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Lovefraud Webinar — Self-forgiveness: Understanding and letting go of guilt

Upcoming Lovefraud CE Webinar:

Self-forgiveness: Understanding and letting go of guilt
Presented by Travis Vining
Tuesday, August 14 • 8-9 pm ET • $25
More info

Isn’t it strange? Sociopaths lie, cheat, steal, manipulate, deceive and exploit, all without a shred of remorse. And we, the targets of the abuse, are overwhelmed with guilt.

We feel guilty because we fell for their charm. We feel guilty that we didn’t escape soon enough. And when we do escape, we feel guilty about hurting the sociopaths’ feelings — even though they don’t have any.

When we finally understand the depth of their depravity, we beat ourselves up for enabling them, disregarding the fact that at the time, we didn’t know what they were.

In a new Lovefraud CE webinar, Travis Vining offers a way off of the hamster wheel of guilt and self-blame.

Travis certainly understands the guilt that comes from association with a sociopath. His father, John Bruce Vining, killed four people, and coerced Travis, as a young man, into helping him escape prosecution.

Even though his psyche repressed the memories of what happened, Travis’ body knew. He suffered all kinds of physical ailments, from rashes to addiction. Travis was such a physical and emotional wreck that eventually, the only thing left for him to do was pray. Through spiritual practice, he found healing.

In his webinar, Self-forgiveness: Understanding and letting go of guilt, Travis describes how sociopaths weaponize guilt and use it against us. He explains the cost of holding on to hatred and a desire for revenge. He explains that forgiveness isn’t about releasing the sociopath; it’s about releasing yourself.

Travis is a wonderful inspirational speaker, and his insights come from having done the work of recovery himself. He is supportive and nonjudgmental. He is spiritual in a low-key way, so no matter what your beliefs, you’ll feel comfortable.

With this webinar, Travis shows us how we get stuck in our own prisons — and offers us the keys to escape. Click the link below for more information:

Self-forgiveness: Understanding and letting go of guilt

 


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3 Comments on "Lovefraud Webinar — Self-forgiveness: Understanding and letting go of guilt"

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Hi

It’s my first time posting on any forum.

I am 4 months out of an abusive relationship. I feel lucky that the relationship was only 2 years + in duration although the commitment I gave this person in my life was huge to me.

I can tick lots of boxes in terms of anti social behaviour. Crazy lies, financial abuse, along with physical abuse and of course the emotional side of it too.

He was a victim of previous ‘dramas’ and managed to lie to unbelievable levels to seek sympathy and support on what turns out to be a huge lie.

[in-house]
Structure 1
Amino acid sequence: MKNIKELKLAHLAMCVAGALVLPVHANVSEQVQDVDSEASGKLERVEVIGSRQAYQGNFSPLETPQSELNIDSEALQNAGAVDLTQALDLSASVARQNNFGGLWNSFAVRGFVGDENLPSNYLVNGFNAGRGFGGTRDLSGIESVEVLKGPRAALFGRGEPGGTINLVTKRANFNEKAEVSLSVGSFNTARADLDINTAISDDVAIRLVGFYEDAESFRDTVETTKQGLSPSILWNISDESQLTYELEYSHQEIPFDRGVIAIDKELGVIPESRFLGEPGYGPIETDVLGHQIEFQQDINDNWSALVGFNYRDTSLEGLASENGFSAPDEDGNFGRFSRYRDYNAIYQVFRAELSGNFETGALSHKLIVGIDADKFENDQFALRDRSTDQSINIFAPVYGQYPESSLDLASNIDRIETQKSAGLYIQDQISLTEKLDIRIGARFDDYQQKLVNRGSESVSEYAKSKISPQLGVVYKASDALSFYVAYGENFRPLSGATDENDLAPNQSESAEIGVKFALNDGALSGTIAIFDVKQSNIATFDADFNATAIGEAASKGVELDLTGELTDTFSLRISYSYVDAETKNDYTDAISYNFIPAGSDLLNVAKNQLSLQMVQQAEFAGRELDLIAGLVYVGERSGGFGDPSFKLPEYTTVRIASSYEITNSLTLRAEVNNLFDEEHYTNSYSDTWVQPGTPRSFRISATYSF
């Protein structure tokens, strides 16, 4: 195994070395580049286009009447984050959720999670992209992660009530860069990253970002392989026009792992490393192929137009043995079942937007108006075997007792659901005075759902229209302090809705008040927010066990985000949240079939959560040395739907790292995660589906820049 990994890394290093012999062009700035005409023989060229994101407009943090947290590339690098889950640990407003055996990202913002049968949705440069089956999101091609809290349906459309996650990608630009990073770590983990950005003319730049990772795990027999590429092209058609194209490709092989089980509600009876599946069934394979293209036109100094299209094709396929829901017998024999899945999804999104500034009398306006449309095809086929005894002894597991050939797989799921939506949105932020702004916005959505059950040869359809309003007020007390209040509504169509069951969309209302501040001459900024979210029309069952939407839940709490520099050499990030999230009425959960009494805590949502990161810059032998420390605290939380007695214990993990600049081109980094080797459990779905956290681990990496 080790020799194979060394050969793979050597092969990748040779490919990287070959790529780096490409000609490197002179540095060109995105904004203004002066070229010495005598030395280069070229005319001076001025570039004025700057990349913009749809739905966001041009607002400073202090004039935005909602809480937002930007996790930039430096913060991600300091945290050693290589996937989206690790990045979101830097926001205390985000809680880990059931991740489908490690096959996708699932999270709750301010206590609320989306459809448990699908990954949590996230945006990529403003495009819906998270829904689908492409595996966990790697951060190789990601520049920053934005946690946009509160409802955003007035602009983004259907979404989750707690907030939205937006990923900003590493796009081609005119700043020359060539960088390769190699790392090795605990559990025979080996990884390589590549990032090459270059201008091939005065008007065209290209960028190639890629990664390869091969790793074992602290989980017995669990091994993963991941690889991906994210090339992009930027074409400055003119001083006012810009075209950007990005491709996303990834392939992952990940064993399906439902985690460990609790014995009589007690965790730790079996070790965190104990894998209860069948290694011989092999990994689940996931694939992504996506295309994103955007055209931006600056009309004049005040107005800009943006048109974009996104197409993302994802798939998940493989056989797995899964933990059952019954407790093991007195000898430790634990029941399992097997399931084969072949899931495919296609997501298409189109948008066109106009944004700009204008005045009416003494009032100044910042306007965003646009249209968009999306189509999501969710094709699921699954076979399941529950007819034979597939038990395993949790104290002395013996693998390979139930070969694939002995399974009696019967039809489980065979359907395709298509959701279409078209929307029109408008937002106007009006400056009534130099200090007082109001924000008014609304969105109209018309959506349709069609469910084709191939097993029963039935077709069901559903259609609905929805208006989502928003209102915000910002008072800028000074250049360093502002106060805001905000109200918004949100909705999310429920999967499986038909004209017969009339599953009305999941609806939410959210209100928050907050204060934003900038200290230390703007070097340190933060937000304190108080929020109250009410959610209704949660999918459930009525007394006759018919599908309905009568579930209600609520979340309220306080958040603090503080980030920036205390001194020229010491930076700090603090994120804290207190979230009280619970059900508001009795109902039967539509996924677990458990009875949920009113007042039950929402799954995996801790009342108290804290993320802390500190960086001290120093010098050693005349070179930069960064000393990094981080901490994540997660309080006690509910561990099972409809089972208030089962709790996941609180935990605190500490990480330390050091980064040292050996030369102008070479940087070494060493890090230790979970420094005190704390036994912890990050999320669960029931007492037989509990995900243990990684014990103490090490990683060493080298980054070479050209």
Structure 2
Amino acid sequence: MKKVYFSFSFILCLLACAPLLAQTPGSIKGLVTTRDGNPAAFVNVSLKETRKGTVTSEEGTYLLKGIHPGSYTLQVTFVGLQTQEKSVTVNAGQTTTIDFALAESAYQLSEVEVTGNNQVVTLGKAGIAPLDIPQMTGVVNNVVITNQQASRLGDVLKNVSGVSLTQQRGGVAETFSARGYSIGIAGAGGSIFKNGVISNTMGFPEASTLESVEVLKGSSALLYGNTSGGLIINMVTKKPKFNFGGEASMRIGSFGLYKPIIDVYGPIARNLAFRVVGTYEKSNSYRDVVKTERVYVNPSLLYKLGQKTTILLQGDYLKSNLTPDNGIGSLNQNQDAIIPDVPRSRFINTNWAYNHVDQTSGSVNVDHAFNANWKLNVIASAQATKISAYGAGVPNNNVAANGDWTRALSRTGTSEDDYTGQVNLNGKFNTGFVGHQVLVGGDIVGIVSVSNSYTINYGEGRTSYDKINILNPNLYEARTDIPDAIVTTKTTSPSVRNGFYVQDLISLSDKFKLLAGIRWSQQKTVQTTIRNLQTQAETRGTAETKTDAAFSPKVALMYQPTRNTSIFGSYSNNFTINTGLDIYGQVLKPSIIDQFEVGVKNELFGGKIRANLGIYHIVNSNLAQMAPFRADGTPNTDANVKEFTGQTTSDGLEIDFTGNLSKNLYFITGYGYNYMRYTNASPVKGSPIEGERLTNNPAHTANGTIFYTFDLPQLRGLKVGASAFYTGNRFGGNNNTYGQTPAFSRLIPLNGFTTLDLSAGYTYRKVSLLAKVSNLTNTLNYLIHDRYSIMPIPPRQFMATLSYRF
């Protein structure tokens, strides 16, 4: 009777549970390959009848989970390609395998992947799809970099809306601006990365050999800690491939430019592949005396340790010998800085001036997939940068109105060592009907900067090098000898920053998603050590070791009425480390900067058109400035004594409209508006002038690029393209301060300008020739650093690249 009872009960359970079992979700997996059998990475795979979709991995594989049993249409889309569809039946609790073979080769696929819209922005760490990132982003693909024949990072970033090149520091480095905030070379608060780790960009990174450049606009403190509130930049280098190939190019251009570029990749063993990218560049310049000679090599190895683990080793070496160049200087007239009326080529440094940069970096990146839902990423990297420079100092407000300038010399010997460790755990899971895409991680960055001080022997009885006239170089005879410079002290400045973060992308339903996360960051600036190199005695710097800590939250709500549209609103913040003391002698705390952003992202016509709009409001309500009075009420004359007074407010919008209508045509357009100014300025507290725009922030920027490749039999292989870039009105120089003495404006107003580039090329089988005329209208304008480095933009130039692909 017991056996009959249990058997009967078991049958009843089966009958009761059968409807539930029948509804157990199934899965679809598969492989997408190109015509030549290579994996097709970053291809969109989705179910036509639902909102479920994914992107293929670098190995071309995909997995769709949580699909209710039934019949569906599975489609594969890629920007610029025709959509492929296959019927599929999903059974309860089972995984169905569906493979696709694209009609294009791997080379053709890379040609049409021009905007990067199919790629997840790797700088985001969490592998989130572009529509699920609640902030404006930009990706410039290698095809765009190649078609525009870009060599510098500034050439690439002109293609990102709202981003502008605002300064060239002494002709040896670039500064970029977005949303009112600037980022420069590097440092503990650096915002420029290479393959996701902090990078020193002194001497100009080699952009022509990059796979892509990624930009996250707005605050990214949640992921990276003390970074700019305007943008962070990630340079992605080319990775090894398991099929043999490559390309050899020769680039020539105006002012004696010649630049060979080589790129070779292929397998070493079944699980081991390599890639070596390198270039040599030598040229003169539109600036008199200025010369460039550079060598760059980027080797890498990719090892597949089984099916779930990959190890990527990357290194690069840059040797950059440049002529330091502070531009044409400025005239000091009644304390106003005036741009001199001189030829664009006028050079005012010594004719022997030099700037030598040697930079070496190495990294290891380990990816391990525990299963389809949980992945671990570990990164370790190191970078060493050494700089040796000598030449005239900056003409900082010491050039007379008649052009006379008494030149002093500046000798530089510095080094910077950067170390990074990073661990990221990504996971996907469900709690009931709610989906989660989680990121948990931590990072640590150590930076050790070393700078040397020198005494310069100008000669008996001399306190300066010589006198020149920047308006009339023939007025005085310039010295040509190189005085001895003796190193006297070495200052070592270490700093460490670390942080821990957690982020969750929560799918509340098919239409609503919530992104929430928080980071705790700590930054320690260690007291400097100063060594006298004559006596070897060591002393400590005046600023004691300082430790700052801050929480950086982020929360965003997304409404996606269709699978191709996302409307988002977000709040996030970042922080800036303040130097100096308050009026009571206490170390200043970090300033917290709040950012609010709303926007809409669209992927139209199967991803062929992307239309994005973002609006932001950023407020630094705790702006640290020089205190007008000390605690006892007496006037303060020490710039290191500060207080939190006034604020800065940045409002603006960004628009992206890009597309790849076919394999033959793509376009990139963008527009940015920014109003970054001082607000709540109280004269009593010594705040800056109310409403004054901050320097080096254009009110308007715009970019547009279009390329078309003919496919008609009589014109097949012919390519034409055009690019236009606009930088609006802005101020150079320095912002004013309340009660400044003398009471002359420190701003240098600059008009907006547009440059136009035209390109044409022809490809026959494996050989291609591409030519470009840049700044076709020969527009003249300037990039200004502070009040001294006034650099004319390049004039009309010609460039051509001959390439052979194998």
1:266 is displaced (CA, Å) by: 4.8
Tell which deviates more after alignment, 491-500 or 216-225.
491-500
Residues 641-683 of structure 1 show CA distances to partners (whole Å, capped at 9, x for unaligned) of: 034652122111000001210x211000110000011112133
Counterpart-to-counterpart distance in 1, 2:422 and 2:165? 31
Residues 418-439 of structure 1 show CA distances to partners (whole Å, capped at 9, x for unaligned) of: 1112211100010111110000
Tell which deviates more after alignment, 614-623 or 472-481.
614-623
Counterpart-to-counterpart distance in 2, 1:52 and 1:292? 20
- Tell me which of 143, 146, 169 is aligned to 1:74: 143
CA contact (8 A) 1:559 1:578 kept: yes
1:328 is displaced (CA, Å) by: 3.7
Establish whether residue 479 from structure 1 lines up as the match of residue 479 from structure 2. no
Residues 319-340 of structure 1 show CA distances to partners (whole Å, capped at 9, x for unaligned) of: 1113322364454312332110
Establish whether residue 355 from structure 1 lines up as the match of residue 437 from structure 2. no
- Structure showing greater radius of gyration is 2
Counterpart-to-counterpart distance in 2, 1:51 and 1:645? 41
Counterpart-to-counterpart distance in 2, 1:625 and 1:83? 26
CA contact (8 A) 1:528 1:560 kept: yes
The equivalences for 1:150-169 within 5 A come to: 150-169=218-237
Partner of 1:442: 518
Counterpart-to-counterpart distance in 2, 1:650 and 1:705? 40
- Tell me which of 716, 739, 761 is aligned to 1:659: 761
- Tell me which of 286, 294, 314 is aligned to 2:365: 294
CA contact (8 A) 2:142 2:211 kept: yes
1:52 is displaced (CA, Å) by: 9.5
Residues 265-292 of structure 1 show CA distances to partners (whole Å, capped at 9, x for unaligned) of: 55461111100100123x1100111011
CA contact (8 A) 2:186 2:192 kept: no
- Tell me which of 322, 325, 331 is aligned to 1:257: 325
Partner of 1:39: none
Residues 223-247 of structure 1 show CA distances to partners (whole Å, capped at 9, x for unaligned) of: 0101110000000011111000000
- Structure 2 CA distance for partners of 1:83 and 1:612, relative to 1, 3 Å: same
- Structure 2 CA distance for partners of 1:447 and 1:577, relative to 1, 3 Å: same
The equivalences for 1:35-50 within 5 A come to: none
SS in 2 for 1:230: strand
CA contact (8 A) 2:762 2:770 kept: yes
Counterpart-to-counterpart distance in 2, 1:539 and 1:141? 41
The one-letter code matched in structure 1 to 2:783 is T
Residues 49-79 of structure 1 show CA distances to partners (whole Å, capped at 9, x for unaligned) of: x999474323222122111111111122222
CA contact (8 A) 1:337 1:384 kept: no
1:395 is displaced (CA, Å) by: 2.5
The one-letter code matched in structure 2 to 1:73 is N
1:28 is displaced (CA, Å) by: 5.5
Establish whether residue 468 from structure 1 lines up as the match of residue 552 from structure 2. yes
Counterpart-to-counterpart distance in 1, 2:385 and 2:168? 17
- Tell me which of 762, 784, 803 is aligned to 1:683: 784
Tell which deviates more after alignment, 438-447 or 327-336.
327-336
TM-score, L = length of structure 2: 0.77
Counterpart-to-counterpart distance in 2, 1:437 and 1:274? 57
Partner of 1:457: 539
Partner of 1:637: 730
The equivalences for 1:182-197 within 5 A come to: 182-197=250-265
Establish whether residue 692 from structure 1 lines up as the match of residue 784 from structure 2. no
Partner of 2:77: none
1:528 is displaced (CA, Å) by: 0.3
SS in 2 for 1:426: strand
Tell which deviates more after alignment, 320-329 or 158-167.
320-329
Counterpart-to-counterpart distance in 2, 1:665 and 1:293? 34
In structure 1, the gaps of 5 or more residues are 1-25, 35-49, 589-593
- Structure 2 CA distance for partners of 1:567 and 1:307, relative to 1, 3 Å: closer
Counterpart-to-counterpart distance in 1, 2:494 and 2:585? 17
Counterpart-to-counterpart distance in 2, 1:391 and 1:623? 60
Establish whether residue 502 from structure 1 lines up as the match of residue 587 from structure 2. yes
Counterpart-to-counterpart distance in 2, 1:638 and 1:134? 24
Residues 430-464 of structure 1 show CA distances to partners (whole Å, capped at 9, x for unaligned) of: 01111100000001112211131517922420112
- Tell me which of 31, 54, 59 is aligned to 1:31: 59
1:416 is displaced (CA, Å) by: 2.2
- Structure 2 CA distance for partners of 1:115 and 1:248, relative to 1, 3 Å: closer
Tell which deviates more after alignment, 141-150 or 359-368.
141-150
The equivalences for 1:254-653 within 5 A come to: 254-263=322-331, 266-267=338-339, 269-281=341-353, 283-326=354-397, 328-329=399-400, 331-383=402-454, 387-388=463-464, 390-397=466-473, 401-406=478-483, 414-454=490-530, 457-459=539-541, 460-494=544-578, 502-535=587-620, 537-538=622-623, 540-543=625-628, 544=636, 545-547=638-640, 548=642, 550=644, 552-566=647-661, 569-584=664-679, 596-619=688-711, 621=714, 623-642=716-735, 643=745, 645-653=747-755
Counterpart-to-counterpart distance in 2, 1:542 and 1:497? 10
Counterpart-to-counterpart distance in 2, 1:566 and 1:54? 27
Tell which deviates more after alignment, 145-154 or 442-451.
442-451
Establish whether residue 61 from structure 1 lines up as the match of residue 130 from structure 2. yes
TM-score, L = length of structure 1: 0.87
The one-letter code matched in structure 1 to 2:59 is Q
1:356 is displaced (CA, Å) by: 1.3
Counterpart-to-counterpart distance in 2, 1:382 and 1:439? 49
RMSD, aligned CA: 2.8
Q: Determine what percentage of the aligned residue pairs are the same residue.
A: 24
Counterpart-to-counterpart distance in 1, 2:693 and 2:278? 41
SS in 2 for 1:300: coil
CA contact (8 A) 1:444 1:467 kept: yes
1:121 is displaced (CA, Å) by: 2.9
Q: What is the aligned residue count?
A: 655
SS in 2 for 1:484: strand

I have since found out that the ex had a relationship prior to me with the same (and worse) behaviour over a much longer period of time (and with children)

Police were involved but unsuccessful in a prosecution for the physical assaults due to lack of evidence (and of course he’s denied it all )

The stalking has stopped since the court hearing for an order to keep his contact and him away from me for a year.

My days are still spent with it all on my mind. I feel over the worst now and my anxiety is reducing but I’m so tangled up in how I fell for it all. All the lies. I find myself battling with my own thoughts on him too. I tell myself off every time I find myself wondering if he’s had a second thought of his actions towards me and the pain he caused. My head knows that he won’t. My heart is in a million pieces that he just must.

I’m so exhausted. I don’t know how to put it all to bed and move on mentally and emotionally with my life

I’m signing up for the same reason. Intellectually, I am well aware of all the ways and reasons a predator targeted me, and so it is (mostly) not my fault. I could have made some better decisions in response, but I also was in a weakened state. I have guilt, more regret, about not making better decisions, but more that they also impacted others around me.

And I also know there is cognitive dissonance between my head and my heart. And that the love was mostly on my side (as in this relationship I believe he was a milder narcissist and/or psychopath, among other problems, but still seemed pretty empathic genuinely). A mix. I get that he probably did not feel love to the degree I did, possibly not at all. He has given little to no indication he is sorry or bothered by what he did, although some actions subsequent to leaving suggest he cannot face what he did, so he tries to deny it internally, sweep it under the rug with his pre-existing big lump there.

But for some reason, I can’t fully let it go, even though it’s been over for a year and a half. He stalked me later, for months, so that kept it current in my mind. Time does help, as I hope and believe it will in this case too. Our emotions are not fully rational.

I am looking forward to hearing this webinar to get some tips on how to handle this more helpfully.

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